We did two test experiments with rounded snow under isothermal conditions and a constant temperature gradient. In both experiments, we observed a temporal increase in strain, density and compactive viscosity due to settlement. Especially in the temperature-gradient experiment the density increased less in the 3-D images than calculated from settlement, which might have resulted from an inhomogeneous density distribution due to temperature-gradient metamorphism. However, in future we can additionally measure the full snow sample to attain more data on the structural snow evolution, which should show a density increase matching the settlement. Measuring the full snow sample will require more measuring time, which leads to the loss of more distance measurements. But since the snow height decreased monotonously less distance data are required.

The calculated compactive viscosity for the isothermal experiment was in the range of the values for snow of a density ~230 kg m−3 given in Shapiro and others (1997). In the temperature-gradient experiment, the compactive viscosity increased about twice as fast compared with isothermal conditions. We can exclude that the top part of the Snowbreeder was frozen. After both experiments we could lift up the top part of the Snowbreeder. Hence, the weight on top of the snow sample moved freely during the experiments. We can also exclude a strong effect of different snow temperatures in both experiments, because the homologous temperature differed only by 0.6% between both experiments. Additionally, based on the temperature difference, the isothermal sample should have settled slower than the temperature-gradient sample. We hypothesise that temperature-gradient metamorphism influences settlement by increasing the compactive viscosity. Further experiments with the Snowbreeder 5 will shed light on the reasons for the strain-evolution dependence on the temperature gradient in the snow.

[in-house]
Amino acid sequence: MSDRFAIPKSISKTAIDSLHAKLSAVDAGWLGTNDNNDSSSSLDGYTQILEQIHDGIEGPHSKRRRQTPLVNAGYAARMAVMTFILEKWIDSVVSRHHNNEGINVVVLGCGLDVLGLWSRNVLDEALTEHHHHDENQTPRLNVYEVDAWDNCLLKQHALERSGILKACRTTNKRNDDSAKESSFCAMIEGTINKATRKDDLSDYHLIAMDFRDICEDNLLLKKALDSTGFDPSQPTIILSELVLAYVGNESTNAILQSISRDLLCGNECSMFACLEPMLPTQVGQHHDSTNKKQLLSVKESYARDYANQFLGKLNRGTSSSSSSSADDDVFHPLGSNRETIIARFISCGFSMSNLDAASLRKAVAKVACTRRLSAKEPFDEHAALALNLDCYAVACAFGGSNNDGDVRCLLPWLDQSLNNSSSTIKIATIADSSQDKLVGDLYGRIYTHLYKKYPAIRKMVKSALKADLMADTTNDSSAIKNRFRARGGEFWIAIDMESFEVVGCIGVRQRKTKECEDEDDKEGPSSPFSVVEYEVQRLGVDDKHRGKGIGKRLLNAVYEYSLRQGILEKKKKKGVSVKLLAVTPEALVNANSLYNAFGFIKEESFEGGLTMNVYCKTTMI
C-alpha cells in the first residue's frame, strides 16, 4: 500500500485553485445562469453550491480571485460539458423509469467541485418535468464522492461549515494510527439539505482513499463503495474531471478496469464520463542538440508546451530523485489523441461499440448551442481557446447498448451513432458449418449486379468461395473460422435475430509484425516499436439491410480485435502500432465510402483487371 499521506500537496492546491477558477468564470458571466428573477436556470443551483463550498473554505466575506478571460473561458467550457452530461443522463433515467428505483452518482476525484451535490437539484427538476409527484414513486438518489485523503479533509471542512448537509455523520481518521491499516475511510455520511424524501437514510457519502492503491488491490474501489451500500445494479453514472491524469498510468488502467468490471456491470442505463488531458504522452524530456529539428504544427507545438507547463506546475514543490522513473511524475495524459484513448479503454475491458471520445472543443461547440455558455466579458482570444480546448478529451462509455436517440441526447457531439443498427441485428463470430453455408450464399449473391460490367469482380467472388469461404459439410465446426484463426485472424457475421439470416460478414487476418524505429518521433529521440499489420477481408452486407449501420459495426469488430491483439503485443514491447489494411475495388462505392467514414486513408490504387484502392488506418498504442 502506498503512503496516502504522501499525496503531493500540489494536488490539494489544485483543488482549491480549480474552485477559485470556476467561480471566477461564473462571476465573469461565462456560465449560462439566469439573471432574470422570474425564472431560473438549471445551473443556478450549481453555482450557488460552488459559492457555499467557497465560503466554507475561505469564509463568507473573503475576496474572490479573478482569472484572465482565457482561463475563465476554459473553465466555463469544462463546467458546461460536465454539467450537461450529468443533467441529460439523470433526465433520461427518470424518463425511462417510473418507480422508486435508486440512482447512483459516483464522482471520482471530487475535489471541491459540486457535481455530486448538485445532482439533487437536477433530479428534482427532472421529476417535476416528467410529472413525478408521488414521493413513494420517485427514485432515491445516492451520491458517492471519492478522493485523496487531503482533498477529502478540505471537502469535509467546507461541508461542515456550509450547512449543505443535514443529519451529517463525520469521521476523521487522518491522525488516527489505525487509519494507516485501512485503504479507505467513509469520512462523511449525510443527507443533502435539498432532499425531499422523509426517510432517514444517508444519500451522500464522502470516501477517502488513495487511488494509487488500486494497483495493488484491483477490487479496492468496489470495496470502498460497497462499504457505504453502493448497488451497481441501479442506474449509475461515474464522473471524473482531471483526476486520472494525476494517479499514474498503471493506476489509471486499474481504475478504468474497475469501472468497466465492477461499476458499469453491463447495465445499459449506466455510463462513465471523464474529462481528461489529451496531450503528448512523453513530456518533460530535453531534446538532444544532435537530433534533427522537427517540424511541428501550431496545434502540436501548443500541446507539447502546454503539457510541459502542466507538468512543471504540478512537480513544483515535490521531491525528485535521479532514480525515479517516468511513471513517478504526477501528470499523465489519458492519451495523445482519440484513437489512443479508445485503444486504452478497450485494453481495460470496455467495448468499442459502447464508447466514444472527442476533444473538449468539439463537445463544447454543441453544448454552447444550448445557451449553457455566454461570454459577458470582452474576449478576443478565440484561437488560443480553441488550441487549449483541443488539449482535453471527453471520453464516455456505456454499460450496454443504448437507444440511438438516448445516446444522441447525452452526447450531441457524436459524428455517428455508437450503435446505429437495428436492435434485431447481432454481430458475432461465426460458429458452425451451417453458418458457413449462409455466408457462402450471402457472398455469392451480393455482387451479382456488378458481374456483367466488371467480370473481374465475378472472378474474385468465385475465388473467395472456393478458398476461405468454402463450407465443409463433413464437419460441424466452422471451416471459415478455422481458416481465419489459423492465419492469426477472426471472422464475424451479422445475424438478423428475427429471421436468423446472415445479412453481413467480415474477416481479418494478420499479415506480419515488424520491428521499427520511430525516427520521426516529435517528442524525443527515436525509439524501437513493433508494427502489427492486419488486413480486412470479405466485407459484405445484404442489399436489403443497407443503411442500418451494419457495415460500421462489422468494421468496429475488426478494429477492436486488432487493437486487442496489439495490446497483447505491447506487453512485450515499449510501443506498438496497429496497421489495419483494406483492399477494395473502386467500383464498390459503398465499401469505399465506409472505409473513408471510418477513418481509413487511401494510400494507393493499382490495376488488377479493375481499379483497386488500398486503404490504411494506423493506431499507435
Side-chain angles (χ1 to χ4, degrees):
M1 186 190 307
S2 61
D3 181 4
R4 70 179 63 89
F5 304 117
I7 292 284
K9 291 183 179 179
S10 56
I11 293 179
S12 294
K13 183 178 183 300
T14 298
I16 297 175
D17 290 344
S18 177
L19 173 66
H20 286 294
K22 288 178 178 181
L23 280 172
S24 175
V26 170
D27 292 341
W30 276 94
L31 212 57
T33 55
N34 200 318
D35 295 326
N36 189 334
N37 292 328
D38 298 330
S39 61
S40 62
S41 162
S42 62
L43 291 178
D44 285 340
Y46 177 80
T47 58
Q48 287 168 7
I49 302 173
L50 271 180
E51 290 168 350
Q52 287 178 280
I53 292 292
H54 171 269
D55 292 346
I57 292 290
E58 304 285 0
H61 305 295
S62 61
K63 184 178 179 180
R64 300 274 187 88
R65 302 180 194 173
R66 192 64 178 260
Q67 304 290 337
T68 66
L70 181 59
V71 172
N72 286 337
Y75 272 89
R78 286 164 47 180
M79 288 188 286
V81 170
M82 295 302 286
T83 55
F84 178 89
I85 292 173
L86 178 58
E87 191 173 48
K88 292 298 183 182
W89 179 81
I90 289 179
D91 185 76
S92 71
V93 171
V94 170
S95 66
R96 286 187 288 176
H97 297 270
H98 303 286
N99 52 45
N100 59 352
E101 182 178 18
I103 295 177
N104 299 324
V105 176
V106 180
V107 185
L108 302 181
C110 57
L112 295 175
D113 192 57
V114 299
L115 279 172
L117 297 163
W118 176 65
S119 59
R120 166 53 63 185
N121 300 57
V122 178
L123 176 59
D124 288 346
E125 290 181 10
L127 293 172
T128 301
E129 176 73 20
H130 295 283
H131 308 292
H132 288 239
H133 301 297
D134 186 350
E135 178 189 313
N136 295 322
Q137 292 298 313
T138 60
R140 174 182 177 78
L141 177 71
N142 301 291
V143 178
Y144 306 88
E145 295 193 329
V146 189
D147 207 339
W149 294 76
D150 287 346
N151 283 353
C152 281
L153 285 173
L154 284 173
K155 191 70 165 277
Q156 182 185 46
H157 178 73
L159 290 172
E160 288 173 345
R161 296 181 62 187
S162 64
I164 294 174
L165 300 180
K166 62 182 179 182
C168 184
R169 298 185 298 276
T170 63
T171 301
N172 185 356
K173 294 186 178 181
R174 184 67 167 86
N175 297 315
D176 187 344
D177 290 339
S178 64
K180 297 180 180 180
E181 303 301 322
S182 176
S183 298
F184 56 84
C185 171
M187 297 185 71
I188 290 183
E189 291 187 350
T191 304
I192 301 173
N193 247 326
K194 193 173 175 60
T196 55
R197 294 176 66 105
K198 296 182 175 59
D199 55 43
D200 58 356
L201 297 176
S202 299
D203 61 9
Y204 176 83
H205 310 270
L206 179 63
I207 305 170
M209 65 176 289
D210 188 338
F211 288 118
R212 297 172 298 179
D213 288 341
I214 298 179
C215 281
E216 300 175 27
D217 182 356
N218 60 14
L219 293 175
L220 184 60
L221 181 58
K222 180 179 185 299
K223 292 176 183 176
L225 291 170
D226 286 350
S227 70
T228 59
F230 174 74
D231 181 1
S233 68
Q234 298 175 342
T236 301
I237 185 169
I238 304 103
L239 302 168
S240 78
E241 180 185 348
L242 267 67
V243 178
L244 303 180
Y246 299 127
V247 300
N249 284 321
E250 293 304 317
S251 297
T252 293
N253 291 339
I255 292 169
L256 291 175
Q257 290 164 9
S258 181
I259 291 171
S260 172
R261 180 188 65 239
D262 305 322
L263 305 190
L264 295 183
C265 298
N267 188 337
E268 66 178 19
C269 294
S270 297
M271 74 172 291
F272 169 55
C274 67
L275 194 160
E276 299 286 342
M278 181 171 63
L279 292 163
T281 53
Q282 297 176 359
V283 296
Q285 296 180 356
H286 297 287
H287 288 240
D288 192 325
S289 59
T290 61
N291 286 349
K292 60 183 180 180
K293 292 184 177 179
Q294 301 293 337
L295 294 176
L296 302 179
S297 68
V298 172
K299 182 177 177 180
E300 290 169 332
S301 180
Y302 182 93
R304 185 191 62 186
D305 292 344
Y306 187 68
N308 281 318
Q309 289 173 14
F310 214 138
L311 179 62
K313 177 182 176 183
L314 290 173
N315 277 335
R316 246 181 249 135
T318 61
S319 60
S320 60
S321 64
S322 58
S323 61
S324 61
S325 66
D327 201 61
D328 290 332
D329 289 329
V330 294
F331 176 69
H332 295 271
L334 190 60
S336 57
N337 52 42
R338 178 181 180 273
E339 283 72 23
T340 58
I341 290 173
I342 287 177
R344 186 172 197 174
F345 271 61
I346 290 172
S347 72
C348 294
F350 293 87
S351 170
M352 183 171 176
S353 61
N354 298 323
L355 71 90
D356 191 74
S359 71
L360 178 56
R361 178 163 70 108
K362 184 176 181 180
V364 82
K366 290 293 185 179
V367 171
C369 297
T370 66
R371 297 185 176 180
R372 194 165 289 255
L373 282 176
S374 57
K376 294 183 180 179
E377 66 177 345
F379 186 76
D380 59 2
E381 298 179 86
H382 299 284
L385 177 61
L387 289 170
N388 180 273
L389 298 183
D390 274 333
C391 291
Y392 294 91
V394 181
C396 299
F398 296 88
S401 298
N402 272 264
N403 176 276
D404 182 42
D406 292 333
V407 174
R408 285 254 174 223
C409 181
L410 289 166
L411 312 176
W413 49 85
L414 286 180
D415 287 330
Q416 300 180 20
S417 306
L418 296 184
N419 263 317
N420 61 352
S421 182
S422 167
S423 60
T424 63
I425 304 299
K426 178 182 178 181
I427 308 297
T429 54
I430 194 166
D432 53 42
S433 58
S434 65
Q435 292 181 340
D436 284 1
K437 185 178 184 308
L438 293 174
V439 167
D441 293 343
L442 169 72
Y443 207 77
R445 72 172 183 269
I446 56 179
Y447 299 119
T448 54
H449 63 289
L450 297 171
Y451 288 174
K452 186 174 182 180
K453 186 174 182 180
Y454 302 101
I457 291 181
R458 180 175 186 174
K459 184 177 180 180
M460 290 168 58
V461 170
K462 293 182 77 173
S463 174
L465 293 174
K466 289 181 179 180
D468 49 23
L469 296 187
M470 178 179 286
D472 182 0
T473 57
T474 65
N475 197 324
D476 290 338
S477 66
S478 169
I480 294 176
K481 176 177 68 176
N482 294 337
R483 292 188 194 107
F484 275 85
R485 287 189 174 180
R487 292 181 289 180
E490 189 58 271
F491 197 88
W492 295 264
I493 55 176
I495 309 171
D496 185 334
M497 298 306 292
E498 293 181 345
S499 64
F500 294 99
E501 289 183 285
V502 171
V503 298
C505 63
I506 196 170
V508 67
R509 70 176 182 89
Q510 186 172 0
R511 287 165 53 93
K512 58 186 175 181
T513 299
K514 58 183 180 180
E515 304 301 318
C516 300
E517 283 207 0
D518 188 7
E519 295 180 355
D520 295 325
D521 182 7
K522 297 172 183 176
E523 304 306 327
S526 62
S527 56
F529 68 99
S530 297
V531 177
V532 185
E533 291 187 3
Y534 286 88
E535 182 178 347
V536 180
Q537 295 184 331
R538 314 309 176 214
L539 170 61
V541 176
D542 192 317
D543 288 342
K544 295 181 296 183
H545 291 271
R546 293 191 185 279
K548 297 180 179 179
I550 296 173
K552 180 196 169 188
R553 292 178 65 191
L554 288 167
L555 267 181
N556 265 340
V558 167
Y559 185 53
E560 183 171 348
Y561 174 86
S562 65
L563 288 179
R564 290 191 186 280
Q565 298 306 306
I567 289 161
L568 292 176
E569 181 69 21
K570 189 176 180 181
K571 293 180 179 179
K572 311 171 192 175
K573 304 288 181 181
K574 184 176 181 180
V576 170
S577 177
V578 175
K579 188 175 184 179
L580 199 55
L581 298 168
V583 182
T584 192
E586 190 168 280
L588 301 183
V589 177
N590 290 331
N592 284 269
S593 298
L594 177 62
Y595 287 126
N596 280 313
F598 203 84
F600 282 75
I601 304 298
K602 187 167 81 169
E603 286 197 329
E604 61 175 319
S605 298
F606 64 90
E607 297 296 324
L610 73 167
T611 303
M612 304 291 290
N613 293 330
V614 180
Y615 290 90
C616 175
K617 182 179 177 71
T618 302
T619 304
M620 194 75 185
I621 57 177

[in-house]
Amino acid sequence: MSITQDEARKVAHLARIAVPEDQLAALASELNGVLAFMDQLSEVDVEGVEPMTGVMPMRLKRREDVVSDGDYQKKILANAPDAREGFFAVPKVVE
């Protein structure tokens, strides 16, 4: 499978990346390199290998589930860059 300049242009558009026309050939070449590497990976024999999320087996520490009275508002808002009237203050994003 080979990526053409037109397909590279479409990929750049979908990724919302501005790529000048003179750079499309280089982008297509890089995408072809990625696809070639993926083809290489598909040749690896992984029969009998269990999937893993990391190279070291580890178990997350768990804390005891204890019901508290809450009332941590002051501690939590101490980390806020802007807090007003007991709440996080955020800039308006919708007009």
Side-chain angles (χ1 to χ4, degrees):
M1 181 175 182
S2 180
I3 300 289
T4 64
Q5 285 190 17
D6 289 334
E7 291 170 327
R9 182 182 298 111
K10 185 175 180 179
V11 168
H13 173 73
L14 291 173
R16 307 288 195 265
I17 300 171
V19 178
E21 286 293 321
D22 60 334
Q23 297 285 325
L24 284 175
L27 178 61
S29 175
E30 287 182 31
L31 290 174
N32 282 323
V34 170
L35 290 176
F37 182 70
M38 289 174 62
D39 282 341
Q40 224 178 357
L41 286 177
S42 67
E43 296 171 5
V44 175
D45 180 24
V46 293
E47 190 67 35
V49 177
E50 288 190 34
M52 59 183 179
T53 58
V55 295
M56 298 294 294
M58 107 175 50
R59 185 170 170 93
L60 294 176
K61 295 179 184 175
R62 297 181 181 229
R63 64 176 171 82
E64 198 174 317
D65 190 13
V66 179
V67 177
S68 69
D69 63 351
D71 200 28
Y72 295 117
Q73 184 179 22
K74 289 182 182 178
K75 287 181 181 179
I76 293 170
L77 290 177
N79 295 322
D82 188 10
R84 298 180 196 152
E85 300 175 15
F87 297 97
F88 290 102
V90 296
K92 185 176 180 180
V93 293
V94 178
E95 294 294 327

ACKNOWLEDGEMENTS

The development and construction of the Snowbreeder 5 was supported by the Swiss National Science Foundation project number 200021_143839. We thank Matthias Jaggi, the workshop at the SLF and especially the apprentice Luca Frank. Moreover, we thank Scanco Medical for their support. Construction plans are available on request from the authors.